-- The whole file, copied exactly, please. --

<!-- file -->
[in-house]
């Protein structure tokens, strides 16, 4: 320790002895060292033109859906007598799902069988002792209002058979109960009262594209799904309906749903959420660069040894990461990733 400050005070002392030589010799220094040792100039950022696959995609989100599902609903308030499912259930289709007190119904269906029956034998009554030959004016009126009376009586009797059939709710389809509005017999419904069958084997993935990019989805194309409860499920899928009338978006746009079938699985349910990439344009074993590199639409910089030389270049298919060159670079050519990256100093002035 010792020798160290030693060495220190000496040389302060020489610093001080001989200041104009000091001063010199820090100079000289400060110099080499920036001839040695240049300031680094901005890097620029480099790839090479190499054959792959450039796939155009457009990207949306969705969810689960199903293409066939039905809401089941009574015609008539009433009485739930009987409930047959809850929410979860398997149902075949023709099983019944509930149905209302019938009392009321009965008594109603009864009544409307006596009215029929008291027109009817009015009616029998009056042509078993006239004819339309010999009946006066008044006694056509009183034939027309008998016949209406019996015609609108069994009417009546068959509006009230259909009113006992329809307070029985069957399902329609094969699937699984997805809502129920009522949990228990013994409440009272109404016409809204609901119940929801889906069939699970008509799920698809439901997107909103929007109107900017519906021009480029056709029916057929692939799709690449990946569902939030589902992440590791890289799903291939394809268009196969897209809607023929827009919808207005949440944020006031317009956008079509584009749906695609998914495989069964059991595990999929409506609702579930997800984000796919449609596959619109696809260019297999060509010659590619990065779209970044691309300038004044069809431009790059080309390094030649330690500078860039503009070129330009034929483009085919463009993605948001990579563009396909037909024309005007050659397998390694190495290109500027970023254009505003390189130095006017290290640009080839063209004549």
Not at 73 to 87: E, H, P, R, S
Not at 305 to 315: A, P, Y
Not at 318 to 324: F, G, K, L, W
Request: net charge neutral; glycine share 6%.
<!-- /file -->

[in-house]
């Protein structure tokens, strides 16, 4: 320790002895060292033109859906007598799902069988002792209002058979109960009262594209799904309906749903959420660069040894990461990733 400050005070002392030589010799220094040792100039950022696959995609989100599902609903308030499912259930289709007190119904269906029956034998009554030959004016009126009376009586009797059939709710389809509005017999419904069958084997993935990019989805194309409860499920899928009338978006746009079938699985349910990439344009074993590199639409910089030389270049298919060159670079050519990256100093002035 010792020798160290030693060495220190000496040389302060020489610093001080001989200041104009000091001063010199820090100079000289400060110099080499920036001839040695240049300031680094901005890097620029480099790839090479190499054959792959450039796939155009457009990207949306969705969810689960199903293409066939039905809401089941009574015609008539009433009485739930009987409930047959809850929410979860398997149902075949023709099983019944509930149905209302019938009392009321009965008594109603009864009544409307006596009215029929008291027109009817009015009616029998009056042509078993006239004819339309010999009946006066008044006694056509009183034939027309008998016949209406019996015609609108069994009417009546068959509006009230259909009113006992329809307070029985069957399902329609094969699937699984997805809502129920009522949990228990013994409440009272109404016409809204609901119940929801889906069939699970008509799920698809439901997107909103929007109107900017519906021009480029056709029916057929692939799709690449990946569902939030589902992440590791890289799903291939394809268009196969897209809607023929827009919808207005949440944020006031317009956008079509584009749906695609998914495989069964059991595990999929409506609702579930997800984000796919449609596959619109696809260019297999060509010659590619990065779209970044691309300038004044069809431009790059080309390094030649330690500078860039503009070129330009034929483009085919463009993605948001990579563009396909037909024309005007050659397998390694190495290109500027970023254009505003390189130095006017290290640009080839063209004549």
Not at 73 to 87: E, H, P, R, S
Not at 305 to 315: A, P, Y
Not at 318 to 324: F, G, K, L, W
Request: net charge neutral; glycine share 6%.